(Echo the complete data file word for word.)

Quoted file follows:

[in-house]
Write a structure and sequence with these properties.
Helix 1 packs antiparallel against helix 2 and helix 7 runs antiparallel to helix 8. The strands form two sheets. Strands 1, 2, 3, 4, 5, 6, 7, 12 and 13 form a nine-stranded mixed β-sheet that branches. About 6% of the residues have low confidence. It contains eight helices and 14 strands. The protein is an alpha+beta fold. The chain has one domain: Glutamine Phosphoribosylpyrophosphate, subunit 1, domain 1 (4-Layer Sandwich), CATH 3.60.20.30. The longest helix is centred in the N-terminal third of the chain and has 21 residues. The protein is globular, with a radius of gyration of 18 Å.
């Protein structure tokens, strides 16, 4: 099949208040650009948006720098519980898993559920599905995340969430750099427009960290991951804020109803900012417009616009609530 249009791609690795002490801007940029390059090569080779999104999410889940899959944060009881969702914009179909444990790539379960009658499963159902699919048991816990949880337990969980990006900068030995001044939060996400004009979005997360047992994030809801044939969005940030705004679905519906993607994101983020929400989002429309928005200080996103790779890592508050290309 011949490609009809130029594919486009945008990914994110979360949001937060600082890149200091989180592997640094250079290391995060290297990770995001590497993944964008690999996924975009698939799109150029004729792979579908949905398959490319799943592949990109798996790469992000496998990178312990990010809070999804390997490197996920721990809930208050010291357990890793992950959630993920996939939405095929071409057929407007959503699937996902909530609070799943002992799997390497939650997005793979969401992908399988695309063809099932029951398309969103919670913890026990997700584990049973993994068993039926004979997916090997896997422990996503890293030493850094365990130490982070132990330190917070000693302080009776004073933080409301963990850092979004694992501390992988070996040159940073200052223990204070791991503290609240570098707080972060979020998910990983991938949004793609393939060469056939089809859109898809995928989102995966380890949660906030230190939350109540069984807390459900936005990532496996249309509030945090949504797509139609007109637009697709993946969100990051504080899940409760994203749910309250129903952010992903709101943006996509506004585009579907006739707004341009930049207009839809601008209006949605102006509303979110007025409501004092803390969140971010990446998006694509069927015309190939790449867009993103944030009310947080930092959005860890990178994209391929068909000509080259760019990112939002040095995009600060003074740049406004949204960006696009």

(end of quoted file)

[in-house]
Write a structure and sequence with these properties.
Helix 1 packs antiparallel against helix 2 and helix 7 runs antiparallel to helix 8. The strands form two sheets. Strands 1, 2, 3, 4, 5, 6, 7, 12 and 13 form a nine-stranded mixed β-sheet that branches. About 6% of the residues have low confidence. It contains eight helices and 14 strands. The protein is an alpha+beta fold. The chain has one domain: Glutamine Phosphoribosylpyrophosphate, subunit 1, domain 1 (4-Layer Sandwich), CATH 3.60.20.30. The longest helix is centred in the N-terminal third of the chain and has 21 residues. The protein is globular, with a radius of gyration of 18 Å.
């Protein structure tokens, strides 16, 4: 099949208040650009948006720098519980898993559920599905995340969430750099427009960290991951804020109803900012417009616009609530 249009791609690795002490801007940029390059090569080779999104999410889940899959944060009881969702914009179909444990790539379960009658499963159902699919048991816990949880337990969980990006900068030995001044939060996400004009979005997360047992994030809801044939969005940030705004679905519906993607994101983020929400989002429309928005200080996103790779890592508050290309 011949490609009809130029594919486009945008990914994110979360949001937060600082890149200091989180592997640094250079290391995060290297990770995001590497993944964008690999996924975009698939799109150029004729792979579908949905398959490319799943592949990109798996790469992000496998990178312990990010809070999804390997490197996920721990809930208050010291357990890793992950959630993920996939939405095929071409057929407007959503699937996902909530609070799943002992799997390497939650997005793979969401992908399988695309063809099932029951398309969103919670913890026990997700584990049973993994068993039926004979997916090997896997422990996503890293030493850094365990130490982070132990330190917070000693302080009776004073933080409301963990850092979004694992501390992988070996040159940073200052223990204070791991503290609240570098707080972060979020998910990983991938949004793609393939060469056939089809859109898809995928989102995966380890949660906030230190939350109540069984807390459900936005990532496996249309509030945090949504797509139609007109637009697709993946969100990051504080899940409760994203749910309250129903952010992903709101943006996509506004585009579907006739707004341009930049207009839809601008209006949605102006509303979110007025409501004092803390969140971010990446998006694509069927015309190939790449867009993103944030009310947080930092959005860890990178994209391929068909000509080259760019990112939002040095995009600060003074740049406004949204960006696009």